FILE - In this Feb. 15, 2012 file photo, a Stanford University student walks in front of Hoover Tower on the Stanford University campus in Palo Alto, Calif. Congressional inaction could end up costing college students an extra $5,000 on their new loans. The rate for subsidized Stafford loans is set to increase from 3.4 percent to 6.8 percent on July 1, just as millions of new college students start signing up for fall courses. The difference between the two rates adds up to $6 billion. (AP Photo/Paul Sakuma, File)
WASHINGTON (AP) - House Republicans are looking at a student loan system that would give students lower interest rates in coming years but would cost students more over time.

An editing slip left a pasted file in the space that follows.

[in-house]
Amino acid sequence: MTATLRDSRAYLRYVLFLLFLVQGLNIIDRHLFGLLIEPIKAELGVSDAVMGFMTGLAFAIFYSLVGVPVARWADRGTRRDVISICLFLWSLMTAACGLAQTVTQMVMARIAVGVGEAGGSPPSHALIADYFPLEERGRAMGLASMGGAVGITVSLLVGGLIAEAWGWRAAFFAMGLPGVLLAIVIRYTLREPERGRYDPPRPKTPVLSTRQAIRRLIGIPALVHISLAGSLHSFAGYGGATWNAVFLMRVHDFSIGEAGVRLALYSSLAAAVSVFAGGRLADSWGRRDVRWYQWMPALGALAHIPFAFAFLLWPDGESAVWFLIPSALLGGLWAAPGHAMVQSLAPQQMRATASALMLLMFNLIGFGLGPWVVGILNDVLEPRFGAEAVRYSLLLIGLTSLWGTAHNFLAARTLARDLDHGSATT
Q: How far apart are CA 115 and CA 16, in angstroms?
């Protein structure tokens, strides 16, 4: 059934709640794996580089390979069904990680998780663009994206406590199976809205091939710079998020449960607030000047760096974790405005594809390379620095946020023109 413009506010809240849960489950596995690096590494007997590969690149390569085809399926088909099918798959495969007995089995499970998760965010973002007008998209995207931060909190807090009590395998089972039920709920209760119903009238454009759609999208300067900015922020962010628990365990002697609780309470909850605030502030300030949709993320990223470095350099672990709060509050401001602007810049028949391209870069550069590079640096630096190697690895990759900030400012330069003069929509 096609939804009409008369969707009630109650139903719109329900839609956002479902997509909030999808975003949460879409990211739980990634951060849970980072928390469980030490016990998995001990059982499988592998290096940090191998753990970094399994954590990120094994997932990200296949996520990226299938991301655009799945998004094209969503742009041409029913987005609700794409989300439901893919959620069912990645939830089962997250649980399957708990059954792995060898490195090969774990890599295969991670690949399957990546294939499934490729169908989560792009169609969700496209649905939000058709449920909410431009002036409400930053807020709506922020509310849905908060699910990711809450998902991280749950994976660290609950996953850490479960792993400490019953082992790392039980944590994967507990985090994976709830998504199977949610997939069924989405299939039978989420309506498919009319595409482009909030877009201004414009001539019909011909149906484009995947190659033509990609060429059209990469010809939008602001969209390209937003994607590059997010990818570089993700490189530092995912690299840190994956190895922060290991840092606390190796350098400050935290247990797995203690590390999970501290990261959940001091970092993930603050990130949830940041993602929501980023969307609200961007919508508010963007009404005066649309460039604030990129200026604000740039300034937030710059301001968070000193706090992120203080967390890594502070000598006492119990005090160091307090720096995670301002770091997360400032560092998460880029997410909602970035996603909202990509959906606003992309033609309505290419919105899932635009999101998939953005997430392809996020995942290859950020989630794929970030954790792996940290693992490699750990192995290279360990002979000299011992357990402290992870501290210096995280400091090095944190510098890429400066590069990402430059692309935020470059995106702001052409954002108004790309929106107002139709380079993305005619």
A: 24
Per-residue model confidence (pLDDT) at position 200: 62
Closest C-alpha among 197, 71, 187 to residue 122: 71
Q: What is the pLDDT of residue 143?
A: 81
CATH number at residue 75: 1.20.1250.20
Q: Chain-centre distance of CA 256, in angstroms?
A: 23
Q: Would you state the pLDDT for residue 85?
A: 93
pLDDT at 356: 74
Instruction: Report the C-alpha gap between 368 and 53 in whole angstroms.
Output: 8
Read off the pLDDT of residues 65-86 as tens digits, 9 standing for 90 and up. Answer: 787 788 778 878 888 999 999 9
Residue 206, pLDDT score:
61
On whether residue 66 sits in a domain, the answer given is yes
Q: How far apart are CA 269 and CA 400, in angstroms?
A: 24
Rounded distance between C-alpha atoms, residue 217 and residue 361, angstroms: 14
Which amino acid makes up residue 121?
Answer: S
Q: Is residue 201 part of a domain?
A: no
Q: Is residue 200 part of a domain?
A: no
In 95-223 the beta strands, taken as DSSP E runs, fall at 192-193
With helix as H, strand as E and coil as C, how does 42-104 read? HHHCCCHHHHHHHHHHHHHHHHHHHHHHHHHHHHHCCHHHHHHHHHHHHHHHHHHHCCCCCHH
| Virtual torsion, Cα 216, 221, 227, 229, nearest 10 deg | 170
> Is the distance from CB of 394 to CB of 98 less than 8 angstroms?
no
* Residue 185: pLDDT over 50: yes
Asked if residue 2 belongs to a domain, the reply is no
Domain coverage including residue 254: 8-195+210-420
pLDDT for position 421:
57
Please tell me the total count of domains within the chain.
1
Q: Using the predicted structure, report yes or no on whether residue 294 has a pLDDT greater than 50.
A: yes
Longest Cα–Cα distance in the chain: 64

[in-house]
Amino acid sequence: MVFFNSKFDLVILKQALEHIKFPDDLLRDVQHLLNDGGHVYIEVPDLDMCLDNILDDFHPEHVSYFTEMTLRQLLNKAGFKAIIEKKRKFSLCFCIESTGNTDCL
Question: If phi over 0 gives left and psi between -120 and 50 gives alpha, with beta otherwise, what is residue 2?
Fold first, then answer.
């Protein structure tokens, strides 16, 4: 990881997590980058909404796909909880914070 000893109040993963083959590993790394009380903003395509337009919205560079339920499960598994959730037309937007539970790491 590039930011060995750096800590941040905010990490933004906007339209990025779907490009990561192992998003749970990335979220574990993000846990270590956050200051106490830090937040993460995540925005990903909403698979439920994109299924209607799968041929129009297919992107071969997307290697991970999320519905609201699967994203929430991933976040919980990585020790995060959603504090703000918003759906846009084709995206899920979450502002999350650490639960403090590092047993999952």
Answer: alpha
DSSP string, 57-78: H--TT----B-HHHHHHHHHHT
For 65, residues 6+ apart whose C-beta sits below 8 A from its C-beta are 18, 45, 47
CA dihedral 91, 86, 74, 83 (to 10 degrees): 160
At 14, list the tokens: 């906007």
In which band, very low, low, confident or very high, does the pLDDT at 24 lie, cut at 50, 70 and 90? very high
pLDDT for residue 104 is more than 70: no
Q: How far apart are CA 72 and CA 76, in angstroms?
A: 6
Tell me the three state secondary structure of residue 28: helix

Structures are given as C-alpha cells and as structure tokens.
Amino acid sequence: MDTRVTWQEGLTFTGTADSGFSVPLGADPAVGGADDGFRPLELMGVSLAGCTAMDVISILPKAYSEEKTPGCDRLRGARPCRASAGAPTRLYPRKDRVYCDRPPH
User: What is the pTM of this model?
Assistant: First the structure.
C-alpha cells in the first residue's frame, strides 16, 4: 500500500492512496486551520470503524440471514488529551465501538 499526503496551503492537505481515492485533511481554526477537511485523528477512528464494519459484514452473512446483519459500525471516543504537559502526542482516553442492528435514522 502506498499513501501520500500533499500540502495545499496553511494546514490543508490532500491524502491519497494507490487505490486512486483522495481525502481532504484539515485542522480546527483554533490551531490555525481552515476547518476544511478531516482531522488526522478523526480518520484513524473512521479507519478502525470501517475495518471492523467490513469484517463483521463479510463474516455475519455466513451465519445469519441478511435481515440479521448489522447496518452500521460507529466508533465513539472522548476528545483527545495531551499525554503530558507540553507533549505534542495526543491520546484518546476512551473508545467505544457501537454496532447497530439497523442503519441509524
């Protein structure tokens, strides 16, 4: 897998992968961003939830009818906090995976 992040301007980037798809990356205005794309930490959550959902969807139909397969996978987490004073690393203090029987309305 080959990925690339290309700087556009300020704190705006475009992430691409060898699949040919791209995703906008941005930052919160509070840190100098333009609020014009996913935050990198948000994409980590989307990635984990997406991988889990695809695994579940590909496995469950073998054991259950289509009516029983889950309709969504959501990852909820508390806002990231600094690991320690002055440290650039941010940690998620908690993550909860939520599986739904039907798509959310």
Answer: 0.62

Members of the Republican-led House Education and Workforce Committee plan to finish work on a bill that would keep interest rates from doubling on new subsidized Stafford loans on July 1. The GOP measure provides lower rates immediately and for the next few years, but the plan also comes with potentially higher costs for some students beyond that.
Democrats plan unified opposition.
Under the GOP proposal set for discussion Thursday, student loan rates would be reset every year and based on 10-year Treasury notes, plus an added percentage. It offers a good deal now, but quickly balloons.
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